Local health officials encourage children get vaccinated
In the Eau Claire area more than eight percent of students K-12 in public schools have not met the minimum vaccination requirements according to the Wisconsin Department of Health Services.
Local health officials say that number could be lower.
"What we worry about is that if people start backing off on vaccines, diseases are going to spread throughout our communities more and we're going to go back on all the progress we've made over the years in eradicating some diseases," said Eau Claire City-County Health Department Public Health Nurse Allison Gosbin.
In the Chippewa Valley there are reported cases of Whooping Cough, which there is a vaccine available.
Health officials say in these recent cases, they believe the children were not up to date on their immunizations.
"It's not protecting one individual either. When they get immunizations they're also protecting their community, their friends, their family. And some of those people will be at a higher risk because they might not have as strong immune systems," explained Gosbin.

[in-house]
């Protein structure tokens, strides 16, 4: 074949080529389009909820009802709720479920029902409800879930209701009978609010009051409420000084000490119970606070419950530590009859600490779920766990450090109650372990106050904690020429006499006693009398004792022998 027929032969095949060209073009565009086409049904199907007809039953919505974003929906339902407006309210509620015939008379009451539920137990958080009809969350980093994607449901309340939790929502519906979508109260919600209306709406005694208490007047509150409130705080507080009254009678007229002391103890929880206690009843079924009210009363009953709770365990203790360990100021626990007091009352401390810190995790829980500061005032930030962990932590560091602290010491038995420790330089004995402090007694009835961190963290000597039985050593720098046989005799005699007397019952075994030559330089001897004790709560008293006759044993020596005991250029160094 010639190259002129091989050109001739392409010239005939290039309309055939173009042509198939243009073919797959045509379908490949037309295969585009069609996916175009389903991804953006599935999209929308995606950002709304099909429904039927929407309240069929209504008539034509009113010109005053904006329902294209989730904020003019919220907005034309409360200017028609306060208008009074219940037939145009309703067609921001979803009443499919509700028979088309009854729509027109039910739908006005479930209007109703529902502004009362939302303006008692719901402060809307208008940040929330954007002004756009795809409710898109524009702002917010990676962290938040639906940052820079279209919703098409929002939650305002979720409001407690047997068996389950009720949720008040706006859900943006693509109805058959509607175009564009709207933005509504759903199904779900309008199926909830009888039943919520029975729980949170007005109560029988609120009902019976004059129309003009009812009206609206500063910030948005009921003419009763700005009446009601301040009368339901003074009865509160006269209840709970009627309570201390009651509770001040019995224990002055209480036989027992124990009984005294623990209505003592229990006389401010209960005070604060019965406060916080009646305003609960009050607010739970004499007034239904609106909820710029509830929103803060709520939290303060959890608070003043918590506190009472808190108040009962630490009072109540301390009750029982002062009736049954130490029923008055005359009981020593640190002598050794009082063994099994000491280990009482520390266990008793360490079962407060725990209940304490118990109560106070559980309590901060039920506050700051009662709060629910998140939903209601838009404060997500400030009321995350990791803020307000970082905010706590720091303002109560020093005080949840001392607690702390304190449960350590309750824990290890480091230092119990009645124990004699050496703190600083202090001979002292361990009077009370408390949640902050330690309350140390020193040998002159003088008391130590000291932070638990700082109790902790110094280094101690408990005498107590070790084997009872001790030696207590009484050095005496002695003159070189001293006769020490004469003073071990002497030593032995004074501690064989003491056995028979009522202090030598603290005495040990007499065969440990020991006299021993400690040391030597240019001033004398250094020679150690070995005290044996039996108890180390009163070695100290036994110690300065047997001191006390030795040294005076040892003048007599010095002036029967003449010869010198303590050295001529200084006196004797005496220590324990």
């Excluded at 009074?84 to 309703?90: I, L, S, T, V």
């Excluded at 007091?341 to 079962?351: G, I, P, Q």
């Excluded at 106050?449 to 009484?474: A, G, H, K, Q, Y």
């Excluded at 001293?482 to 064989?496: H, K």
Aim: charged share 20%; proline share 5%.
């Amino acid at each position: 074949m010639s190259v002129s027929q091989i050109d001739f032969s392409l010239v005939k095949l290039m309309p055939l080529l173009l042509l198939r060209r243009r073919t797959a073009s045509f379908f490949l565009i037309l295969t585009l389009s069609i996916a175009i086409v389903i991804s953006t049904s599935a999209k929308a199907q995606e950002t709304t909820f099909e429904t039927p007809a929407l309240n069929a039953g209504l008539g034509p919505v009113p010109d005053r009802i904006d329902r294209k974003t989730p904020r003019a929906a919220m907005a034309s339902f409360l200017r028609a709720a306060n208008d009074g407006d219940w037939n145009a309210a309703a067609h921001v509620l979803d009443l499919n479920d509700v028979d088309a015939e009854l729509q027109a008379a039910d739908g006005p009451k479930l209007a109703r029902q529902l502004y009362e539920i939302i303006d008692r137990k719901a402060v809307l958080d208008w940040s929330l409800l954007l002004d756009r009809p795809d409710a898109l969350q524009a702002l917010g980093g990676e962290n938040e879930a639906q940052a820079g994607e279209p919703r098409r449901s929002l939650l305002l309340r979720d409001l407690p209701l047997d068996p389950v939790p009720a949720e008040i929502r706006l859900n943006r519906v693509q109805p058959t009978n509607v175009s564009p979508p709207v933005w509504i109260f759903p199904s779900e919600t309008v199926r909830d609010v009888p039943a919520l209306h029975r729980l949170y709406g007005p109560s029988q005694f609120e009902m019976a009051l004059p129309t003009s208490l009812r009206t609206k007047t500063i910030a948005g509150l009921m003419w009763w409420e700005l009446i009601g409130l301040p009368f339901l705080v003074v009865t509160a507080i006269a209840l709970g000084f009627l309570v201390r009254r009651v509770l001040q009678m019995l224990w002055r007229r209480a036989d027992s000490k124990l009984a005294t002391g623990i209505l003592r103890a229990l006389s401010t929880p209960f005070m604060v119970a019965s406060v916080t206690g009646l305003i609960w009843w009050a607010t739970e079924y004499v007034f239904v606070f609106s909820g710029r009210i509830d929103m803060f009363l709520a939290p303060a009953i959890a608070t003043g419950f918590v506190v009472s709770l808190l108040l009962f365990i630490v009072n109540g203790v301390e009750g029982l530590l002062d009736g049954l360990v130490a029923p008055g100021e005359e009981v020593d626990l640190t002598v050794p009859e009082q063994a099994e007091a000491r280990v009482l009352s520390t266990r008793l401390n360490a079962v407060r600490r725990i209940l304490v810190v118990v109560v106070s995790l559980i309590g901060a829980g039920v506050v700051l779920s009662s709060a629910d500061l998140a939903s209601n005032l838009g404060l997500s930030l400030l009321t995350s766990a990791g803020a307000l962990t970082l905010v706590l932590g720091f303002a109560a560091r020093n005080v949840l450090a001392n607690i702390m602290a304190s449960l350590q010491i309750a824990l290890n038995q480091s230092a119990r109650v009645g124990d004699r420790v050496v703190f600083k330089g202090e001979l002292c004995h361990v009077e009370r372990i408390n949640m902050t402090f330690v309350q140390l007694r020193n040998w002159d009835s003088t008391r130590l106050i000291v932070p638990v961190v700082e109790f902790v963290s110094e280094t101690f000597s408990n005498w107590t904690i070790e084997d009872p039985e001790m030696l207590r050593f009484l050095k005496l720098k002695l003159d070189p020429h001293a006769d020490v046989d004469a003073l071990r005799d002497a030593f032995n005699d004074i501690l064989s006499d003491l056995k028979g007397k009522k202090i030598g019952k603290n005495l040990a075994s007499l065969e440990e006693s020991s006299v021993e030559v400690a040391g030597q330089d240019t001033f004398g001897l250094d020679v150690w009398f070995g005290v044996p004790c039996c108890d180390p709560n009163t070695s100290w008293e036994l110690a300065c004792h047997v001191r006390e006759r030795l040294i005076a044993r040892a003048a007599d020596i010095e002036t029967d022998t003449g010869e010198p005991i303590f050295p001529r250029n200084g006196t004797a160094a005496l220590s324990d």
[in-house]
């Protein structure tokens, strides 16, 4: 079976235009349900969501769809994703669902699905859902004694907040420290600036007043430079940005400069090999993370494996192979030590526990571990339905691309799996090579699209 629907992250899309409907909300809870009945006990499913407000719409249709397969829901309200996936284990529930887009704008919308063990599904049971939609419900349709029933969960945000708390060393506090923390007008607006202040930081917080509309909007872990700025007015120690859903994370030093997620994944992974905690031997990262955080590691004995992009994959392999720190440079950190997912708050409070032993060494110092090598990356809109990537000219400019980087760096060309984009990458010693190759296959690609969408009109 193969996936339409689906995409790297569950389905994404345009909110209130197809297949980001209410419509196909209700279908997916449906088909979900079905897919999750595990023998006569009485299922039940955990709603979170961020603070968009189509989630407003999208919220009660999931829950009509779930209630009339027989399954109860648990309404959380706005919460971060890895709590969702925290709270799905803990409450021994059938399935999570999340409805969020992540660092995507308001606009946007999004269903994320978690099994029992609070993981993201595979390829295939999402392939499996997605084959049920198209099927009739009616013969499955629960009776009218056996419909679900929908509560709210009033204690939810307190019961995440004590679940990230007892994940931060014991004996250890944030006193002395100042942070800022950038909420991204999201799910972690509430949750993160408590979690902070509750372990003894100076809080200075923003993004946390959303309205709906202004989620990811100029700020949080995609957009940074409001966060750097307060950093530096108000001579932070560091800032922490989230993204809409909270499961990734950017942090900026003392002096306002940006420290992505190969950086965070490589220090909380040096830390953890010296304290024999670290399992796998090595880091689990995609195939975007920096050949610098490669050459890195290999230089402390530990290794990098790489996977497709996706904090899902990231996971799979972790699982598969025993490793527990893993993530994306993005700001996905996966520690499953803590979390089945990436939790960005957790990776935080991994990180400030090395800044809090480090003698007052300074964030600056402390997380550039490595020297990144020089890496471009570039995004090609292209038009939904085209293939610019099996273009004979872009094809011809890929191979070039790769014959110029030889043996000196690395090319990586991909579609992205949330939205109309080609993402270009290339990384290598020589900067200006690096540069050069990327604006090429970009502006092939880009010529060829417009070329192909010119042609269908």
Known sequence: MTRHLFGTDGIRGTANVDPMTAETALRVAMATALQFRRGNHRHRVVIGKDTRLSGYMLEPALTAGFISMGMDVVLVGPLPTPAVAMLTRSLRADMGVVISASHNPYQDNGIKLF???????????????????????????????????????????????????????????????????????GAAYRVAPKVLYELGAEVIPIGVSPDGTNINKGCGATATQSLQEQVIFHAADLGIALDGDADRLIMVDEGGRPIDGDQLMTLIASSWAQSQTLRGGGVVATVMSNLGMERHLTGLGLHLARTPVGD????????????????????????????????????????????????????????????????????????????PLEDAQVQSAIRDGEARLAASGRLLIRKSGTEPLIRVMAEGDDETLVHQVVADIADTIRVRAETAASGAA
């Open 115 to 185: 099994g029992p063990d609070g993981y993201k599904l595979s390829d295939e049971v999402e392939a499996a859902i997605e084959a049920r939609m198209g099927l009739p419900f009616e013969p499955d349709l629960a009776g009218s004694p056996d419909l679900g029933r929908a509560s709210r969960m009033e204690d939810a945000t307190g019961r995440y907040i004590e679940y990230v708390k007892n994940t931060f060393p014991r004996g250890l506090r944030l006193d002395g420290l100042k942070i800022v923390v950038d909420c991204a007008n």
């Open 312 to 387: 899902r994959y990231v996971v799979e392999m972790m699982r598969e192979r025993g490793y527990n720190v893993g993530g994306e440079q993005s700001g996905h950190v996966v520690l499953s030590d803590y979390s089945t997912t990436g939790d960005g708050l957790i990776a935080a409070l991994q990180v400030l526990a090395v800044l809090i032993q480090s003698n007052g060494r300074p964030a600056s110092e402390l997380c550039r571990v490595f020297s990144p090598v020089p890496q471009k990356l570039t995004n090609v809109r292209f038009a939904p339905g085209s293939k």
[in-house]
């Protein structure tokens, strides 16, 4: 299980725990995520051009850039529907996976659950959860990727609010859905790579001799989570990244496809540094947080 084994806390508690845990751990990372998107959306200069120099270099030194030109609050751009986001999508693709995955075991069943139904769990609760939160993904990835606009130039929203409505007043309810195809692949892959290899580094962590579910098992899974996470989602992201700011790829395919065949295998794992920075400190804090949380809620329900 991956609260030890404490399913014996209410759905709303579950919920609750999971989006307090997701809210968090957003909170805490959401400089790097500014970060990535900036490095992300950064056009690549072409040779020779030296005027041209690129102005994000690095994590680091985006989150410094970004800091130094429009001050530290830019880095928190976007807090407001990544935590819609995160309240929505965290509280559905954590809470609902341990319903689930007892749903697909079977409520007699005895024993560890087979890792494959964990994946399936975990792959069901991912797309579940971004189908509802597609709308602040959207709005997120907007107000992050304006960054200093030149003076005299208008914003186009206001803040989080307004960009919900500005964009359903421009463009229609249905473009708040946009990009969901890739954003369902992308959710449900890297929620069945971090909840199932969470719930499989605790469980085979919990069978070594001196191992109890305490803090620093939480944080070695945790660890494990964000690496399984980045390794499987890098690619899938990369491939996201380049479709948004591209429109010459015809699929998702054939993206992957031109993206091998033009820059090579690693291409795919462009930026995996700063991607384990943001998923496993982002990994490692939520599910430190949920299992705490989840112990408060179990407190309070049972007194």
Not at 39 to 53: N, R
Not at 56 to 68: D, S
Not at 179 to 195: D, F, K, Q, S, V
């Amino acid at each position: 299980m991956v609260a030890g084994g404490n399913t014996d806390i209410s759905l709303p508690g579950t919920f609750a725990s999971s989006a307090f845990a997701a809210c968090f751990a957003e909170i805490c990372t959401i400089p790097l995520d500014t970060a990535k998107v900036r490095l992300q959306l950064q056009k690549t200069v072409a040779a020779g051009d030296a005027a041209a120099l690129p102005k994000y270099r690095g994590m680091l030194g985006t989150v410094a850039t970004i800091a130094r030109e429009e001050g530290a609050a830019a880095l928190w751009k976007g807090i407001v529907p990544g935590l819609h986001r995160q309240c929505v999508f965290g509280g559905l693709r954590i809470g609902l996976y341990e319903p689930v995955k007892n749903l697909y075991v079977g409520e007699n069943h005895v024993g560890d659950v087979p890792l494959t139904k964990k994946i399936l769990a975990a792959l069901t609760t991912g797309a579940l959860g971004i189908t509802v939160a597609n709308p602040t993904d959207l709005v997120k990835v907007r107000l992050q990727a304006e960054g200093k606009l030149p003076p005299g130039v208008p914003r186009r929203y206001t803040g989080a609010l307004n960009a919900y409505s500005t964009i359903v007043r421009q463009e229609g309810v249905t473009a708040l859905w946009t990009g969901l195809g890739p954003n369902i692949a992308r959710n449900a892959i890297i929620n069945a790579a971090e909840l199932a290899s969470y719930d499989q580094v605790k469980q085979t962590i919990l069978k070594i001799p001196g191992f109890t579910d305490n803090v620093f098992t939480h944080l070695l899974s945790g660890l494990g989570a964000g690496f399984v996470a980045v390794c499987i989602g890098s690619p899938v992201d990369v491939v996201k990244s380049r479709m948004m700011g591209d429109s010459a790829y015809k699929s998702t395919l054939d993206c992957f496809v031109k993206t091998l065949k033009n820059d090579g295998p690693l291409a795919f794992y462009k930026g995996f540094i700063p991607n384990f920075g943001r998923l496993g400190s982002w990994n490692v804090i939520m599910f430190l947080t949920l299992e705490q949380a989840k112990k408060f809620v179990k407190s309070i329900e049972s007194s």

While some community members are still hesitant about getting their children vaccinated, Gosbin says the vaccines have vastly improved over the years.
She says while the number of vaccines has increased, the risk of complications has gone down.
"With those three vaccines in the '60s, they were exposed to 3,200 agents in those three vaccines," says Gosbin. "But these days the vaccine process has been improved and now in the whole series of childhood vaccines, children are only exposed to 130 to 140 agents."
Some diseases with vaccines include Polio, Measles, Whooping Cough, among others.
For public schools in Wisconsin, there are six different vaccines required for students to meet the minimum requirements.